the advent of the cheap smart phone, and Sprint Nextel's bodacious announcement that it is building a nationwide mobile WiMax network.
So before looking ahead, let's take a brief look behind.
Toward the end of 2006, a glut of competent smart phones costing $200 or less hit the market, which is two to three times less expensive than similar phones had been previously. These phones include the BlackBerry Pearl, Samsung's BlackJack, Nokia's E62 and the Treo 680. This trend will lead to far broader adoption not just of smart phones but also of many applications.The other top mobile and wireless story for 2006 was Sprint's announcement that it would build a $3 billion nationwide mobile WiMax network, which it expects to start rolling out by the end of 2007. Sprint will use an enormous chunk of wireless spectrum it inherited when it merged with Nextel in 2005. No other U.S. mobile operator comes close to having that amount of spectrum available, making it highly unlikely that any of Sprint's competitors could launch a competing network.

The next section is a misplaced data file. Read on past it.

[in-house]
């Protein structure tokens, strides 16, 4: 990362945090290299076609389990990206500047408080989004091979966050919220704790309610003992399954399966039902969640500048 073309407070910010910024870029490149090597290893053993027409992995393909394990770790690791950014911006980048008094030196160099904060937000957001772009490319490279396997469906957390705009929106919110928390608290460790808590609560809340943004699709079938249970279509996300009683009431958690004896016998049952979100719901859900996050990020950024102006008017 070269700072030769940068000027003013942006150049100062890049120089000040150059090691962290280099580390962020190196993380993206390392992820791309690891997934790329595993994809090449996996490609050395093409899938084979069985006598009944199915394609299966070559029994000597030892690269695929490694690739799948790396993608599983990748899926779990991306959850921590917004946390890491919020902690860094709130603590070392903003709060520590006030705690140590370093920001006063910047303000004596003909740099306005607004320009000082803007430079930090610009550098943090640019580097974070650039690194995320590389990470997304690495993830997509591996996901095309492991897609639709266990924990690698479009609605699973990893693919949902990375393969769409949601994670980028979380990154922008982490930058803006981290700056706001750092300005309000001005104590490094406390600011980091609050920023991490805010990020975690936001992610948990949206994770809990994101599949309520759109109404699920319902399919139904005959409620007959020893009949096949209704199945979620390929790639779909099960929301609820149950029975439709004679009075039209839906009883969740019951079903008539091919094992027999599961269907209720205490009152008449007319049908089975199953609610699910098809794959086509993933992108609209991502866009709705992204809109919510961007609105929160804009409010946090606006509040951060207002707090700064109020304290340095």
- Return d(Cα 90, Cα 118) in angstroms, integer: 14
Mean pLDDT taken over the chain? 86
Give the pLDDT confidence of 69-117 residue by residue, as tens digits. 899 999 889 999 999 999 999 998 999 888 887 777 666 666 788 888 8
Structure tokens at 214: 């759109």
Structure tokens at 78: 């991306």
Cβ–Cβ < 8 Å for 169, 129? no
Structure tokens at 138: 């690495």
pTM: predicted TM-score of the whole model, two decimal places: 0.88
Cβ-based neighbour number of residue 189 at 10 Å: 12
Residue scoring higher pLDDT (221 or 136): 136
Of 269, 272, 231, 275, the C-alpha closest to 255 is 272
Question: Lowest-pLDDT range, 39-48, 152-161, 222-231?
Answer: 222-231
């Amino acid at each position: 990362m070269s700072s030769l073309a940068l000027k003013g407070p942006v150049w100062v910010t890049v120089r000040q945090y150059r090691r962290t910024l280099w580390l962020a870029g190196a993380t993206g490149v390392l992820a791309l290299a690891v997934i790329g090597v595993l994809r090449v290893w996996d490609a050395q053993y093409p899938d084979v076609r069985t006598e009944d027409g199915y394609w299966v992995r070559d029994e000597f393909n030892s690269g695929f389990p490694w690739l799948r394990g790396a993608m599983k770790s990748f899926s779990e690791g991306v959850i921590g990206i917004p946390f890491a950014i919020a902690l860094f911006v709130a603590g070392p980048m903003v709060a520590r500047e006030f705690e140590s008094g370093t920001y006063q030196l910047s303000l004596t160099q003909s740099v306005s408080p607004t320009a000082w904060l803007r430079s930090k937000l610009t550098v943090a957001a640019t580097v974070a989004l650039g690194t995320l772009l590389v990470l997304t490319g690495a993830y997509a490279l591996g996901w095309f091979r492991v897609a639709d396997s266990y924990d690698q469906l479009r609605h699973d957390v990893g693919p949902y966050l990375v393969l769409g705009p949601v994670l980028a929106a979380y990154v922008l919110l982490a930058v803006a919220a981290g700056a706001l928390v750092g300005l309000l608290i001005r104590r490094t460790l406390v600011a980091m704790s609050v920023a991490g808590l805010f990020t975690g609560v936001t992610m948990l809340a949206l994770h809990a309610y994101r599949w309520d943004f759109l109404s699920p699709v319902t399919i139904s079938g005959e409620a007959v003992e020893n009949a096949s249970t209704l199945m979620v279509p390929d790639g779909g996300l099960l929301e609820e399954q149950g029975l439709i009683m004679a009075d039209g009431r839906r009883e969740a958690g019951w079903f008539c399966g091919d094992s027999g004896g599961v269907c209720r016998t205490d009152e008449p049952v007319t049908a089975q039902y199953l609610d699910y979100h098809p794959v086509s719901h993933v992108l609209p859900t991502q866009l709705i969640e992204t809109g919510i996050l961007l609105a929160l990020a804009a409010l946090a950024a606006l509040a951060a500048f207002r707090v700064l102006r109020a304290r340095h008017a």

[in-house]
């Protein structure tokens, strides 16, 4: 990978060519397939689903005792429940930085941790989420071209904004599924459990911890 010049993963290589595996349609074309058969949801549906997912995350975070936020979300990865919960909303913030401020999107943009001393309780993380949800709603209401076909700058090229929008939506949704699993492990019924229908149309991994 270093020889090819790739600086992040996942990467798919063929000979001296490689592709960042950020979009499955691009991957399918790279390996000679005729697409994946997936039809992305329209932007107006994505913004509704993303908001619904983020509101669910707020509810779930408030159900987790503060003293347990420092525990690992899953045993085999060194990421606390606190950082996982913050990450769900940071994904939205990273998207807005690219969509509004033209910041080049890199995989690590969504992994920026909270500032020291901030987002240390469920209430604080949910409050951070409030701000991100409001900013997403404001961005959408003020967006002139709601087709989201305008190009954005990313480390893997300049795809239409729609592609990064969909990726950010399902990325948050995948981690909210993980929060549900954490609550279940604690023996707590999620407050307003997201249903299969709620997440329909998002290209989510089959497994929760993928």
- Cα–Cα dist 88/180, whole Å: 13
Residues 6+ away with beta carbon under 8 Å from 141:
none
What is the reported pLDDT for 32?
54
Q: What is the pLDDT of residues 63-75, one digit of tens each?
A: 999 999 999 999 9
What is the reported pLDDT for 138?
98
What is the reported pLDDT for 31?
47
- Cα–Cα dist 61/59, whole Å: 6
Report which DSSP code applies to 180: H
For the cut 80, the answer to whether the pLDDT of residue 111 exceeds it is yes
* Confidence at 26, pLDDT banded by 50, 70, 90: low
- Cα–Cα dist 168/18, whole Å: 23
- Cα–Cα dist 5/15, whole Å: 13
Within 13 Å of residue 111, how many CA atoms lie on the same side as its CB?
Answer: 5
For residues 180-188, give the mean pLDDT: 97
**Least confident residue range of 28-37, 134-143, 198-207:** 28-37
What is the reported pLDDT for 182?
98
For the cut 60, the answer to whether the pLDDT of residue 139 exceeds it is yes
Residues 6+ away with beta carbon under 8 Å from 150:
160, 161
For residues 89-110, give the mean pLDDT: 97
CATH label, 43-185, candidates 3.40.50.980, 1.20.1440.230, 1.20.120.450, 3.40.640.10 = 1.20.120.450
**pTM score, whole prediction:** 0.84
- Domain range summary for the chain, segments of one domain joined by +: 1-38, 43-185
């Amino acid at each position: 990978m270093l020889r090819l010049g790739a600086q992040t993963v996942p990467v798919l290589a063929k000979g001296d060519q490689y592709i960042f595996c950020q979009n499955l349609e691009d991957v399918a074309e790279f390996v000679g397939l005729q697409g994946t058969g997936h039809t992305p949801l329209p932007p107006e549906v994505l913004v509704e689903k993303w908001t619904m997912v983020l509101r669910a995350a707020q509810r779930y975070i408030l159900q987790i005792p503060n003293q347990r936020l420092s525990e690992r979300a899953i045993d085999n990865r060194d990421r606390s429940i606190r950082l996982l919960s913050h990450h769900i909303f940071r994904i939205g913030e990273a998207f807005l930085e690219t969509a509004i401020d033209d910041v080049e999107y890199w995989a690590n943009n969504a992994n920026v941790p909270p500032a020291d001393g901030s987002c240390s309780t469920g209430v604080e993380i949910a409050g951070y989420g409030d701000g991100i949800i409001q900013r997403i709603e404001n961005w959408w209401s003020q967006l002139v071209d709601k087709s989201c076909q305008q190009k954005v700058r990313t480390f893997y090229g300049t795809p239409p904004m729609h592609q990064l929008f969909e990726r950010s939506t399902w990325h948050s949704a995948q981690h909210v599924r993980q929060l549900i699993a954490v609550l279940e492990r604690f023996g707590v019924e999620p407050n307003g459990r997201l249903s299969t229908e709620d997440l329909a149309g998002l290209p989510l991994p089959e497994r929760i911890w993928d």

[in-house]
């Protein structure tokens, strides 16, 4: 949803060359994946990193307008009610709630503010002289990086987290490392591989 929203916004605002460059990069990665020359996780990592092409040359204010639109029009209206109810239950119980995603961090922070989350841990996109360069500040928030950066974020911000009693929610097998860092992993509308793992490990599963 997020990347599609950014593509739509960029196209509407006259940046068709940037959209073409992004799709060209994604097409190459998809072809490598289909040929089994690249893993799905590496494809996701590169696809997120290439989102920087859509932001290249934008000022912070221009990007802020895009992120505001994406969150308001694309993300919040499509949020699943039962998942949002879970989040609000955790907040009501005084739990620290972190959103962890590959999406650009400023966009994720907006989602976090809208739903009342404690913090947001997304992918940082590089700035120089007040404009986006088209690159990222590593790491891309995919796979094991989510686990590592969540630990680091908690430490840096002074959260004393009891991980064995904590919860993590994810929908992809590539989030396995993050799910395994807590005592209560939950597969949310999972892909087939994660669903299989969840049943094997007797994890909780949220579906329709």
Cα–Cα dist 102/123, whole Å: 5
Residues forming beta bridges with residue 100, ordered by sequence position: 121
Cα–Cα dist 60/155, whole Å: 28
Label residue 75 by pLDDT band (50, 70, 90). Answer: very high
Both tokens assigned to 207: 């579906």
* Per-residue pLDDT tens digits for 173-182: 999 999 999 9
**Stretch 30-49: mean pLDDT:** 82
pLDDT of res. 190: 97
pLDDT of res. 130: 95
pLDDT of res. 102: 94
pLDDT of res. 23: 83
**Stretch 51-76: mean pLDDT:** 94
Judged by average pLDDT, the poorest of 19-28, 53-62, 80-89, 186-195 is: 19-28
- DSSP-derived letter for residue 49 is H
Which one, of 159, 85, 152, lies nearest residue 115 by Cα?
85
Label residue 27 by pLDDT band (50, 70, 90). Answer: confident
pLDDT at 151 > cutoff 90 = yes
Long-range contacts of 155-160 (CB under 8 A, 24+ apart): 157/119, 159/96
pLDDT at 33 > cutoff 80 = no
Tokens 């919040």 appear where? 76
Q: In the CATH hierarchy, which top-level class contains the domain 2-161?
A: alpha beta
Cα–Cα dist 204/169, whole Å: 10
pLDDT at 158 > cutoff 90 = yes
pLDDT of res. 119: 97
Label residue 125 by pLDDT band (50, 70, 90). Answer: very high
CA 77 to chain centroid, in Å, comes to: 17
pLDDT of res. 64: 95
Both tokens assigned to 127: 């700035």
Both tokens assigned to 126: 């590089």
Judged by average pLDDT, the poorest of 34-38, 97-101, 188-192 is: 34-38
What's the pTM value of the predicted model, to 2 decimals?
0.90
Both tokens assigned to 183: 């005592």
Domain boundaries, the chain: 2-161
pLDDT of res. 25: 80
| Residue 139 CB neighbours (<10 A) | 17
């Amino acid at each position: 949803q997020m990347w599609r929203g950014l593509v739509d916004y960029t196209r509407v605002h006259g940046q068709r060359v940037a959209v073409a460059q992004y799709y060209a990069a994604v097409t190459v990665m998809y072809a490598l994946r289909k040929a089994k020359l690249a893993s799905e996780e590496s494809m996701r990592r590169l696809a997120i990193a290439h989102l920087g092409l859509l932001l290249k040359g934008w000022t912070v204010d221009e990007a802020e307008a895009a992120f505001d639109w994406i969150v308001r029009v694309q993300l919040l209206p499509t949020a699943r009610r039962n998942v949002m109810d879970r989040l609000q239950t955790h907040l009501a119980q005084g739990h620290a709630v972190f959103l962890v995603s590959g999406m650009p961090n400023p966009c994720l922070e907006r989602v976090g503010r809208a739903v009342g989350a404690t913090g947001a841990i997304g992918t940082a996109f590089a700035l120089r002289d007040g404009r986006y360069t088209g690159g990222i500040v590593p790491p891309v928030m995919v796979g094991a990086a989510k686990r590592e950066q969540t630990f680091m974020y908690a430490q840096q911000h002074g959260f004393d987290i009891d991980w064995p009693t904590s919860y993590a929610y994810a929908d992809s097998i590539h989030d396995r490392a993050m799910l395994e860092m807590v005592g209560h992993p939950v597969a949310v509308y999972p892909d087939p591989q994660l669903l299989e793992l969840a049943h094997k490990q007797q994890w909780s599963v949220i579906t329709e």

These two top stories of 2006 lead us to my predictions of the seven top mobile and wireless trends for 2007. Some of these trends will fully flower in 2007, while in other cases we'll just see the start of a big trend that will develop more fully in years to come.
1. More mobile access, more competition
2. The era of 'the big bundle'
3. The democratization of mobile e-mail
4. Search and discovery
5. Mobility gets social
6. Convergence: One phone, many places
7. Media, media, media
For the complete details of these top 7 mobile trends for 2007, check out this ComputerWorld article in its entirety, HERE.